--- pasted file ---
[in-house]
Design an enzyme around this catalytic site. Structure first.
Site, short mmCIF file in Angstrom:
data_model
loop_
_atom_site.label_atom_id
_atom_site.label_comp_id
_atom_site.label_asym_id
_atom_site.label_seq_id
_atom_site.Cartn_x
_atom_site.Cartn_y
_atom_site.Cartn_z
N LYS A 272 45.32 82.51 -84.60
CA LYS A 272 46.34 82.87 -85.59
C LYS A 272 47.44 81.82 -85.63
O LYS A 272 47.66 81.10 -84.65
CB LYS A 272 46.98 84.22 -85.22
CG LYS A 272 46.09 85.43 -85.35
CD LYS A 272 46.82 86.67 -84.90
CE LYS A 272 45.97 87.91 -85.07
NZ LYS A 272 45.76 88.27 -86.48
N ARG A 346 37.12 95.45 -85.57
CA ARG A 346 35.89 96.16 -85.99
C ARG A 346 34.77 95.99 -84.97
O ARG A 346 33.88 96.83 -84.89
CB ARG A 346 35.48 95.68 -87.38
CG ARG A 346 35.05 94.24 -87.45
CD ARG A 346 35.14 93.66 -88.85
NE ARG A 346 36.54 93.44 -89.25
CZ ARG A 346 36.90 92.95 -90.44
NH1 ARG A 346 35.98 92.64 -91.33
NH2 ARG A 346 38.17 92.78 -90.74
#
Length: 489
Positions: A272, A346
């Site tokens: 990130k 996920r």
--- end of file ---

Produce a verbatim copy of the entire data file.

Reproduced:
[in-house]
Design an enzyme around this catalytic site. Structure first.
Site, short mmCIF file in Angstrom:
data_model
loop_
_atom_site.label_atom_id
_atom_site.label_comp_id
_atom_site.label_asym_id
_atom_site.label_seq_id
_atom_site.Cartn_x
_atom_site.Cartn_y
_atom_site.Cartn_z
N LYS A 272 45.32 82.51 -84.60
CA LYS A 272 46.34 82.87 -85.59
C LYS A 272 47.44 81.82 -85.63
O LYS A 272 47.66 81.10 -84.65
CB LYS A 272 46.98 84.22 -85.22
CG LYS A 272 46.09 85.43 -85.35
CD LYS A 272 46.82 86.67 -84.90
CE LYS A 272 45.97 87.91 -85.07
NZ LYS A 272 45.76 88.27 -86.48
N ARG A 346 37.12 95.45 -85.57
CA ARG A 346 35.89 96.16 -85.99
C ARG A 346 34.77 95.99 -84.97
O ARG A 346 33.88 96.83 -84.89
CB ARG A 346 35.48 95.68 -87.38
CG ARG A 346 35.05 94.24 -87.45
CD ARG A 346 35.14 93.66 -88.85
NE ARG A 346 36.54 93.44 -89.25
CZ ARG A 346 36.90 92.95 -90.44
NH1 ARG A 346 35.98 92.64 -91.33
NH2 ARG A 346 38.17 92.78 -90.74
#
Length: 489
Positions: A272, A346
């Site tokens: 990130k 996920r």